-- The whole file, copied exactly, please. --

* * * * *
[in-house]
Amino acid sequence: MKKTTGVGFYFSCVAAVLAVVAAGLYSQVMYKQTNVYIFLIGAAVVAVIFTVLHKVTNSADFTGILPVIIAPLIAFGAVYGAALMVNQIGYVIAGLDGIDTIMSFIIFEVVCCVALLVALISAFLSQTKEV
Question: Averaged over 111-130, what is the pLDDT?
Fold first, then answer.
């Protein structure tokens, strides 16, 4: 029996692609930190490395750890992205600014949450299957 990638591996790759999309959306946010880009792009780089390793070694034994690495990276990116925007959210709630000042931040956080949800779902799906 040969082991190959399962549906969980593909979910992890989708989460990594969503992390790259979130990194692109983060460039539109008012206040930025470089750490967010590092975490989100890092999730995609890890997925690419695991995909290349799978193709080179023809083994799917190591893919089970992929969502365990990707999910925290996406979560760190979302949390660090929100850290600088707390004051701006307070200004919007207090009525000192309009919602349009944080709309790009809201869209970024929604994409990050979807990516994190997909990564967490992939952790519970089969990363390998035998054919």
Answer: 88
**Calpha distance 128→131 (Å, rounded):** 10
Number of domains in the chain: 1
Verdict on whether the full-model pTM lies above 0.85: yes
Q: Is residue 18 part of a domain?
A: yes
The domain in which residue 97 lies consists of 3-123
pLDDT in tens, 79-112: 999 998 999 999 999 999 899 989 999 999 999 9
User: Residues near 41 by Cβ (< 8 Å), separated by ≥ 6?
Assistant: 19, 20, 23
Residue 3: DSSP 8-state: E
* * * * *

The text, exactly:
[in-house]
Amino acid sequence: MKKTTGVGFYFSCVAAVLAVVAAGLYSQVMYKQTNVYIFLIGAAVVAVIFTVLHKVTNSADFTGILPVIIAPLIAFGAVYGAALMVNQIGYVIAGLDGIDTIMSFIIFEVVCCVALLVALISAFLSQTKEV
Question: Averaged over 111-130, what is the pLDDT?
Fold first, then answer.
């Protein structure tokens, strides 16, 4: 029996692609930190490395750890992205600014949450299957 990638591996790759999309959306946010880009792009780089390793070694034994690495990276990116925007959210709630000042931040956080949800779902799906 040969082991190959399962549906969980593909979910992890989708989460990594969503992390790259979130990194692109983060460039539109008012206040930025470089750490967010590092975490989100890092999730995609890890997925690419695991995909290349799978193709080179023809083994799917190591893919089970992929969502365990990707999910925290996406979560760190979302949390660090929100850290600088707390004051701006307070200004919007207090009525000192309009919602349009944080709309790009809201869209970024929604994409990050979807990516994190997909990564967490992939952790519970089969990363390998035998054919």
Answer: 88
**Calpha distance 128→131 (Å, rounded):** 10
Number of domains in the chain: 1
Verdict on whether the full-model pTM lies above 0.85: yes
Q: Is residue 18 part of a domain?
A: yes
The domain in which residue 97 lies consists of 3-123
pLDDT in tens, 79-112: 999 998 999 999 999 999 899 989 999 999 999 9
User: Residues near 41 by Cβ (< 8 Å), separated by ≥ 6?
Assistant: 19, 20, 23
Residue 3: DSSP 8-state: E